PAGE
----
But that’s not what they will say to the press. It will be CP3 saying he loves New Orleans and he just wants to play basketball. It will be Demps saying the team’s priority is to sign Paul to an extension. It is a dance they will do for as long as this thing plays out. But Paul is leaving New Orleans and that is not changing, it’s just a matter of how and where.

Chris Paul could get his max deal in New York… just don’t bet on it

Chris Paul

Chris Paul wants to go to the Knicks. Chris Paul also would like a massive payday of a bird-rights extension — five years and $100 million.

But he can’t get those two things the way Carmelo Anthony did, the new collective bargaining agreement takes that away. The Hornets could (in theory) do a sign-and-trade with the Knicks, but then the max-deal CP3 could receive would be the same as if the Knicks signed him as a free agent (four years, $74 million).

But there is a path to Paul being on the Knicks with a $100 million max deal.

Just don’t bet on it happening.

It’s three steps laid out by Zach Lowe at Sports Illustrated. The first step is where this process dies in the real world:

Force the Hornets to trade him to the Knicks without signing a contract extension in the process. This is the tricky part. The Hornets don’t have to trade Paul, and if they decide to, they don’t have to trade him to New York. Other teams have better assets, and Paul will be counting on those teams to bow out of the bidding if they think he will not re-sign there. Does this sound familiar?

The Hornets are not going to trade Chris Paul to the Knicks. First because the Knicks do not have the assets (picks and young players) needed as they sent them all to Denver to get Carmelo Anthony. (New York could, in theory, bring in a third and maybe fourth team to get the assets needed, but those are complex deals to pull off.)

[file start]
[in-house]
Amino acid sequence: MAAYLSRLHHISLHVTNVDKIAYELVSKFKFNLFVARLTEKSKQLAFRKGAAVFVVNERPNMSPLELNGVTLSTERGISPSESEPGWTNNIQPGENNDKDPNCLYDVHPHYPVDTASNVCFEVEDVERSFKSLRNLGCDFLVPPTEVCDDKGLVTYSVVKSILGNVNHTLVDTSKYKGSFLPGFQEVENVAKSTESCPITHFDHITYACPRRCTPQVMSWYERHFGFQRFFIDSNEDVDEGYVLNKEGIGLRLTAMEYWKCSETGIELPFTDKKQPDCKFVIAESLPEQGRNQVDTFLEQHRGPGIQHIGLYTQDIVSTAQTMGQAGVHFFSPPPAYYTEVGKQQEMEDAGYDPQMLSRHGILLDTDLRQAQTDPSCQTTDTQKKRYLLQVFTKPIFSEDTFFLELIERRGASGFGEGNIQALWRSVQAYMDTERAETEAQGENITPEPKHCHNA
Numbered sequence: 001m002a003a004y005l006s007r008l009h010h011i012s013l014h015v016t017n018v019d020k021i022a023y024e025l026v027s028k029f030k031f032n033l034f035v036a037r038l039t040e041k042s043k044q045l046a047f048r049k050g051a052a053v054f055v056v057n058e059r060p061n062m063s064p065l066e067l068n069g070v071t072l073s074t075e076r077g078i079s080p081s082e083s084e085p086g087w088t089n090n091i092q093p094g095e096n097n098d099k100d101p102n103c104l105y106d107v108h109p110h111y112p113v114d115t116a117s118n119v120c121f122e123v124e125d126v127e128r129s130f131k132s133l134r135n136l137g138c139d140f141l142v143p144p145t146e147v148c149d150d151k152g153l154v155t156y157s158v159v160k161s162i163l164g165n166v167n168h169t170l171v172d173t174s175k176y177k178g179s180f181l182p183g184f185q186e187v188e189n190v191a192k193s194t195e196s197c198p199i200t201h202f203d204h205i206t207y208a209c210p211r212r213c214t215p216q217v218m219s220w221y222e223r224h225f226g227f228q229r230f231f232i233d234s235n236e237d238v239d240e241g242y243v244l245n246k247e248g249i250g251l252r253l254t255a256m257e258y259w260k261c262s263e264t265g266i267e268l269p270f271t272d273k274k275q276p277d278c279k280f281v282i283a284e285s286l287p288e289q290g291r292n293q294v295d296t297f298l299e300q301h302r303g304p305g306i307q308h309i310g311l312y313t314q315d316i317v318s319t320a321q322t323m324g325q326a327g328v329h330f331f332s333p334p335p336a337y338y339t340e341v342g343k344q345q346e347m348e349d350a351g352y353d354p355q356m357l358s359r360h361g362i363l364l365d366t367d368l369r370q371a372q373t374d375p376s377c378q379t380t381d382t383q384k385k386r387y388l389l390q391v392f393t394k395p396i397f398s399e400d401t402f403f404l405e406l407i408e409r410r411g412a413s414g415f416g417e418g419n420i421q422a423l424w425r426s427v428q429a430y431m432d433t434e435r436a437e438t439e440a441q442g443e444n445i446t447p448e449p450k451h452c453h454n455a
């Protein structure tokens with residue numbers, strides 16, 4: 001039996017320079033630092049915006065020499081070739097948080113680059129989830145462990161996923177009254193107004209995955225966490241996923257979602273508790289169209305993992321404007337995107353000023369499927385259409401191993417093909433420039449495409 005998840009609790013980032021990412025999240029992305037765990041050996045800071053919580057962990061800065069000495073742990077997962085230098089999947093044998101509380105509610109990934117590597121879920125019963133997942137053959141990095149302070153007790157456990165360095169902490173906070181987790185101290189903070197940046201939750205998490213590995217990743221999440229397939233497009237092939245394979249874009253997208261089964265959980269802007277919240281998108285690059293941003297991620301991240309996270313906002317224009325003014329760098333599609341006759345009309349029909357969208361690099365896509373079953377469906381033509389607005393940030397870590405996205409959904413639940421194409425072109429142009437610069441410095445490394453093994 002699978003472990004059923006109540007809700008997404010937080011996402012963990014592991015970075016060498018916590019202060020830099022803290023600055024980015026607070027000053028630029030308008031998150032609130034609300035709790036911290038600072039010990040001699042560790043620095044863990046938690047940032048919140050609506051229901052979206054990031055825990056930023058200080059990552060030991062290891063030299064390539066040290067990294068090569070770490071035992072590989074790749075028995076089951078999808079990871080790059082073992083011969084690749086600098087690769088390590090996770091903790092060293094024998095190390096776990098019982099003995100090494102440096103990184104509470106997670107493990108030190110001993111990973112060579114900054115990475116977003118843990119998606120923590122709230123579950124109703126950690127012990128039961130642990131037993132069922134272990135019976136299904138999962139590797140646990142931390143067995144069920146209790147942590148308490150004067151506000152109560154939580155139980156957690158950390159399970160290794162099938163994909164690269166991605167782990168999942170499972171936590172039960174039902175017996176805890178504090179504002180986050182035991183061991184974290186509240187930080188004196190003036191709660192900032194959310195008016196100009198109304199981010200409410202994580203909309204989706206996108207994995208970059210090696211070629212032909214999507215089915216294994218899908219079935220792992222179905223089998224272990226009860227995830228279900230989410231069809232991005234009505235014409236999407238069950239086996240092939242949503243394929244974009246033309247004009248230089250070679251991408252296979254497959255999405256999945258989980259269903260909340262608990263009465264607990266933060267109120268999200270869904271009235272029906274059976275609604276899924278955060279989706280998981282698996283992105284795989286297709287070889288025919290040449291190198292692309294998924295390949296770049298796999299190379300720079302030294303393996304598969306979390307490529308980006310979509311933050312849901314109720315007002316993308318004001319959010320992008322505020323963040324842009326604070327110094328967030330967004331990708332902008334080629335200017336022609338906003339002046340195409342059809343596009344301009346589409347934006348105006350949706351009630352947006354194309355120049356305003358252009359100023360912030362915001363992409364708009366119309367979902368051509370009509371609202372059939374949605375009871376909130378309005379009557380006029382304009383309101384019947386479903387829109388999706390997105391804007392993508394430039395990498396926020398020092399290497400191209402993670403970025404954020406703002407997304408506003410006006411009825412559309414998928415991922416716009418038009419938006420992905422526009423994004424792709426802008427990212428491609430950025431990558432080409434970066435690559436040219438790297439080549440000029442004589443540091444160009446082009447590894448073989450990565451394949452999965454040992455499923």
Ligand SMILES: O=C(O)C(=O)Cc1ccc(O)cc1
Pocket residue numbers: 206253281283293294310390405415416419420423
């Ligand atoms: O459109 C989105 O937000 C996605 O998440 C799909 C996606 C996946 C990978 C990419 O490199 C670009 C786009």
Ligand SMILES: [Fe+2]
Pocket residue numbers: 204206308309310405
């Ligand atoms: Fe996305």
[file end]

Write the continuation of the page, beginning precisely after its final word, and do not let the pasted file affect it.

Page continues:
The other thing is that the league owns the Hornets right now — after an entire lockout where David Stern preached “competitive balance” there is no way the league is going to sign off on trading a superstar to complete a trio in New York. The other owners would not tolerate it.

If Paul were somehow able to get traded to the Knicks the path to the max deal is really pretty simple, if a bit risky for the team.

If the Hornets eventually surrender and deal him to New York, Paul’s Bird Rights go with him. He must then become a free agent, either by declining his player option for 2012-13, or accepting that option, playing that season and becoming a free agent in the summer of 2013. By entering free agency as a Knick, Paul would escape the limitations in years and money that would come with engaging in a Carmelo-type extend-and-trade deal under this new collective bargaining agreement.

The last step is easy: Sign a five-year, $100 million extension with New York. The Knicks would have his Bird Rights, so they could exceed the cap as much as they wish to retain Paul.

Some player down the line is going to follow this pattern to get his max deal. Teams prefer the certainty of a sign-and-trade but if you trust the player doesn’t walk when he becomes a free agent this is doable. It is sort of what Deron Williams is doing now with the Nets — he may re-sign there but he wants to become a free agent to get the bigger payday.

But not Chris Paul. If he goes to the Knicks it will be as a free agent next summer.